I started 21 years ago, as a furniture painter with an idea and a what if. The idea was to combine the paint process I used on furniture, with my lifelong love of wildlife. What if – this paint process can be used to create something more complex than several layers painted on a coffee table? The thought of being a fine artist never entered my mind! I had a fire in my belly and it wouldn’t go away unless I painted, and painted, and painted some more. This process and I now have many years together. We’ve (I’ve) made lots and lots of mistakes. That is where I learned the thrill of its unpredictability’s and the limitations of the materials and myself. Finding the place where this work would thrive and have purpose lead me to the fine art community. It was scary! It still is scary!  I started small, stayed local, and worked on creating good relationships with people in my town, which lead to people in my state, which lead to people in my region. The business has grown beyond my wildest imagination and dreams. With the help of a lot of good people, hard work and a never give up attitude, the furniture painter has grown into a fine artist.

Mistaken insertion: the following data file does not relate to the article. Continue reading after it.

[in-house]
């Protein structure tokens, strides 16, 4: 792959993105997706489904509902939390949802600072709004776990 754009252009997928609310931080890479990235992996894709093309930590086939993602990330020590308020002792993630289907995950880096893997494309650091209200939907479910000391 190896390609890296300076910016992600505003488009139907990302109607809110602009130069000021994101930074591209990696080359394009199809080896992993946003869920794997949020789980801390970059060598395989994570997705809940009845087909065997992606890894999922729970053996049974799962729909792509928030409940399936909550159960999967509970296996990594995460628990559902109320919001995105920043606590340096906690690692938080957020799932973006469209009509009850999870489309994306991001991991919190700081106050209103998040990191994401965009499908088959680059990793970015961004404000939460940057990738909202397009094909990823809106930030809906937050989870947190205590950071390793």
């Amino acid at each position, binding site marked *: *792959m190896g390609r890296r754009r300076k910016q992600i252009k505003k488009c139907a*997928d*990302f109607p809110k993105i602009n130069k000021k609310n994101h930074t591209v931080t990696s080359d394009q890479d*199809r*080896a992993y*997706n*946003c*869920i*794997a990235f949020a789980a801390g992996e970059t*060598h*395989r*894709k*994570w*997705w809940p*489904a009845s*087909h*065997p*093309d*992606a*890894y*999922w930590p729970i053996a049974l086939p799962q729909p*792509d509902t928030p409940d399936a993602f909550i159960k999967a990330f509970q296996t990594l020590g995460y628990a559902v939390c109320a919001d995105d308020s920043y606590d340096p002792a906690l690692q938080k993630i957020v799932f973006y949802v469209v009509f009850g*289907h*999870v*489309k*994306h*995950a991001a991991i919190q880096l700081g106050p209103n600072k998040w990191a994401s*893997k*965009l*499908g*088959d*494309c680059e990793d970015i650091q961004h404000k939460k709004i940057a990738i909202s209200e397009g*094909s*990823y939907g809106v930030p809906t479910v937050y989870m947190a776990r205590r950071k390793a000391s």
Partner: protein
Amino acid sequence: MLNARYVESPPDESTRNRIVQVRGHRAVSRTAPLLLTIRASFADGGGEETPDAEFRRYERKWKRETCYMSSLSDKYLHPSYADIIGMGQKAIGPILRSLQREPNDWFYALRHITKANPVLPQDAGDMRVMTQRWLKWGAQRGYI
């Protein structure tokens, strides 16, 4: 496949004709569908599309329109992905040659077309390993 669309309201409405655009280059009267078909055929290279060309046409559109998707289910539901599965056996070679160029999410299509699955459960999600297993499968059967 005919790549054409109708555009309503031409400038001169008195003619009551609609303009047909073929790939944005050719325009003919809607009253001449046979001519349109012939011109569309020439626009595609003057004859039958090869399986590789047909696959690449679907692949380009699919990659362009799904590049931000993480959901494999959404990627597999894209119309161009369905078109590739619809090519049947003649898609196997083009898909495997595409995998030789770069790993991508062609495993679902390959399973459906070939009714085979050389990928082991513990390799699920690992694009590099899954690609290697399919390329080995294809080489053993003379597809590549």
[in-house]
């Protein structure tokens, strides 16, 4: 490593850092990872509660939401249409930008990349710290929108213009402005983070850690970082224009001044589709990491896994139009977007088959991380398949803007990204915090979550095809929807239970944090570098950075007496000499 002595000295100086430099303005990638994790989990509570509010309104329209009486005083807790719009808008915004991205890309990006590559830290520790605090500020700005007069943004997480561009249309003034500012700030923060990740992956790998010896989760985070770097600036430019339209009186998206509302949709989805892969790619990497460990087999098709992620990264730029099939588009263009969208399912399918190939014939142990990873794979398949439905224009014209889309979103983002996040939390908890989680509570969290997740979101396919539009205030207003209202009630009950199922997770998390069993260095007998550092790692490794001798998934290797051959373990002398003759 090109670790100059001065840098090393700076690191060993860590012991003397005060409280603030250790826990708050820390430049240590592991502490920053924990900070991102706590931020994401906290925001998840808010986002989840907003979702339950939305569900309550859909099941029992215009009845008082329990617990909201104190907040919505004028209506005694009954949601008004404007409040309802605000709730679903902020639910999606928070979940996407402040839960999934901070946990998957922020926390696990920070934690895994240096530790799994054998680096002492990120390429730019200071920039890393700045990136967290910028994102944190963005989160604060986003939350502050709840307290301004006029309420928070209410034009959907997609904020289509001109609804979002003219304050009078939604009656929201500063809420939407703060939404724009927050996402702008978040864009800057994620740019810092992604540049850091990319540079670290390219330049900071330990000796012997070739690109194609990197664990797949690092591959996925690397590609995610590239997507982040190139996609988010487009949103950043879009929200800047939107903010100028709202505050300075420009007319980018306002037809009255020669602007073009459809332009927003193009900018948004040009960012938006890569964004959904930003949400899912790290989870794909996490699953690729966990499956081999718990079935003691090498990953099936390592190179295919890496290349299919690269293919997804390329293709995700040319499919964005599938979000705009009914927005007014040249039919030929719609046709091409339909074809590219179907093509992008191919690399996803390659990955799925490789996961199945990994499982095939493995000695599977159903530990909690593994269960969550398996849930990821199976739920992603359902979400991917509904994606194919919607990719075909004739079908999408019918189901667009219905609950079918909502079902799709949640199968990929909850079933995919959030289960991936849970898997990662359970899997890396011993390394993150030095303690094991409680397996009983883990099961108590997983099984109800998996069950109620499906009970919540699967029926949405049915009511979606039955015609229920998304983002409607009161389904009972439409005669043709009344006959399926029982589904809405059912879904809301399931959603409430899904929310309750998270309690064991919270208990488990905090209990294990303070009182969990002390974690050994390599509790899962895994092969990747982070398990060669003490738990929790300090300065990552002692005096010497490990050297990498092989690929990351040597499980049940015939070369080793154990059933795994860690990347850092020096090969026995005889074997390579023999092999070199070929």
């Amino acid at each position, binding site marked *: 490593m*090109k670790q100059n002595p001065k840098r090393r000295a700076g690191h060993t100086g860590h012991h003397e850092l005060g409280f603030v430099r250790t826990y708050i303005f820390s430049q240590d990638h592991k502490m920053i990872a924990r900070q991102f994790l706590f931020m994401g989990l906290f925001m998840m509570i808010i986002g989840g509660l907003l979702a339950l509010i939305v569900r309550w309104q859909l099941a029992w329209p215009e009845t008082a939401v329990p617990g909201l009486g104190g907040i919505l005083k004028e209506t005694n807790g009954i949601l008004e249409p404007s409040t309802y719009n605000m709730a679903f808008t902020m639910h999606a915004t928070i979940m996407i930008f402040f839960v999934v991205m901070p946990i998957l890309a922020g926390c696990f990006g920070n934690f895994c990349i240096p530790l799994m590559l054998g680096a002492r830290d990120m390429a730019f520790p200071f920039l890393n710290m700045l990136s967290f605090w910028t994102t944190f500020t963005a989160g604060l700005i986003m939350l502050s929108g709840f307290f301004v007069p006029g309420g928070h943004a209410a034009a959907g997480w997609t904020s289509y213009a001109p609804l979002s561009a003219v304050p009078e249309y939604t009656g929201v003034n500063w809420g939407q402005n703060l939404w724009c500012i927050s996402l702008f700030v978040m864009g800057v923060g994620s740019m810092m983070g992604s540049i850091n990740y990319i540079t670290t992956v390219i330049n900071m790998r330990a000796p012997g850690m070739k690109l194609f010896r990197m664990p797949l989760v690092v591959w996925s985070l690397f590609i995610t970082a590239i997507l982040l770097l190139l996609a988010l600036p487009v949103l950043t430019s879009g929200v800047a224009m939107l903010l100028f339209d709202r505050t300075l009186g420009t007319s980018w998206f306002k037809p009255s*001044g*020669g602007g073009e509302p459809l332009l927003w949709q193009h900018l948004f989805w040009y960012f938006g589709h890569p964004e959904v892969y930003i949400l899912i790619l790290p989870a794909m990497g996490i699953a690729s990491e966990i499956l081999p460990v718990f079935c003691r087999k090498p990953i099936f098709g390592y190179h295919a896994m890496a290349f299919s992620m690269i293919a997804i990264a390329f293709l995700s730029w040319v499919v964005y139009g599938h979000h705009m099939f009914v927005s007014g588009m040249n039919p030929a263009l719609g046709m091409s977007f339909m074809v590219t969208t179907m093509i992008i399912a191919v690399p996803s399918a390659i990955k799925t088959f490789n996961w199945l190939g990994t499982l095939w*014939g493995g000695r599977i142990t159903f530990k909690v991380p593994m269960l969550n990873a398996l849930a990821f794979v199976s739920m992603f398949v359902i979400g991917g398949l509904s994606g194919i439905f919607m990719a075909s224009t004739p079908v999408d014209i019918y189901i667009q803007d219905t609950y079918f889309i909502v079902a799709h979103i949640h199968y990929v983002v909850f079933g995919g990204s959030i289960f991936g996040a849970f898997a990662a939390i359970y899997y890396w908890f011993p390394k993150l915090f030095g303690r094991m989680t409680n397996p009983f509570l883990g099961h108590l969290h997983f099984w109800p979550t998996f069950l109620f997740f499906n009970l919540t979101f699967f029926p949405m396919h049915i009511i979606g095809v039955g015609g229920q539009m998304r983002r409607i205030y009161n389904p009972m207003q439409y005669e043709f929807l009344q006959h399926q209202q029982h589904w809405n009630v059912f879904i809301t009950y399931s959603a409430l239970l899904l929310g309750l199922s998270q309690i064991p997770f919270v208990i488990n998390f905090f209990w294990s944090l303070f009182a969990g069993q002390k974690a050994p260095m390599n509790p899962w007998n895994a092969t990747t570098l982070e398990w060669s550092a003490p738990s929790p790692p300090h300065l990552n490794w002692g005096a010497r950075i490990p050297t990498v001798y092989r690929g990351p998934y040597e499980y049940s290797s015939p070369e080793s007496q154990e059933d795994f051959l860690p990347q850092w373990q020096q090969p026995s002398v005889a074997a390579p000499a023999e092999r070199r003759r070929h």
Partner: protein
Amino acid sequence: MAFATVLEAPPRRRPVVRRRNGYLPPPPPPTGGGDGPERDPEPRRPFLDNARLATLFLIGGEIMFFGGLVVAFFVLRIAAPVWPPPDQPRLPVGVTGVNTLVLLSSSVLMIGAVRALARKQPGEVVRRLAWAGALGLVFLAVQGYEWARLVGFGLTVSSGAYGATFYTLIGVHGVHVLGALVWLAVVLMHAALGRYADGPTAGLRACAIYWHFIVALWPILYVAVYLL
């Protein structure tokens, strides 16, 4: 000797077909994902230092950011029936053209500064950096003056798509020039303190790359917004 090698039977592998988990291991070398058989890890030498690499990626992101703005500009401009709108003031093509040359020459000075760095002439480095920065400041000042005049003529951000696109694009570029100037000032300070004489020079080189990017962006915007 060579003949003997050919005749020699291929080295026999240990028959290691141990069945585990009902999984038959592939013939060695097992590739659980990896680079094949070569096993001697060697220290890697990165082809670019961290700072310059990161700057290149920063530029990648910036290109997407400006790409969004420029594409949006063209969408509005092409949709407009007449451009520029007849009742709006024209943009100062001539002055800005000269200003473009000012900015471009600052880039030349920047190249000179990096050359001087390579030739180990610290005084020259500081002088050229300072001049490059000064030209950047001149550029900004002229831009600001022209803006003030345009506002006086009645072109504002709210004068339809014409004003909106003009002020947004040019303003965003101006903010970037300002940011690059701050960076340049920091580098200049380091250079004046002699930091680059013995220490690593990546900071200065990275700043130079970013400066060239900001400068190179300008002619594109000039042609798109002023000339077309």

The process? Simply put, wax on, wax off! Paint and scrape. It’s a messy business. Wax is sandwiched between layers of acrylic paint. Scraping (with a dull razor blade) removes the wax and reveals layers of paint underneath. Animal forms are created by using hand cut templates. It’s a messy taped up business too. Someone once asked me , “Why do you use so many parts to make the template?” Because that is where I find ”the different”, I say!  Lastly, the background is developed into a lively environment for the main characters to live in. Sometimes it’s floating geometric shapes. Sometimes it’s a fantasy world of flora and fauna. A lot of negative painting is involved which I find relaxing and meditative.

Where would you like to see your work going in the next 5 years ?

This job/journey has always had a mind of its own. I set tentative goals for the year and make “wish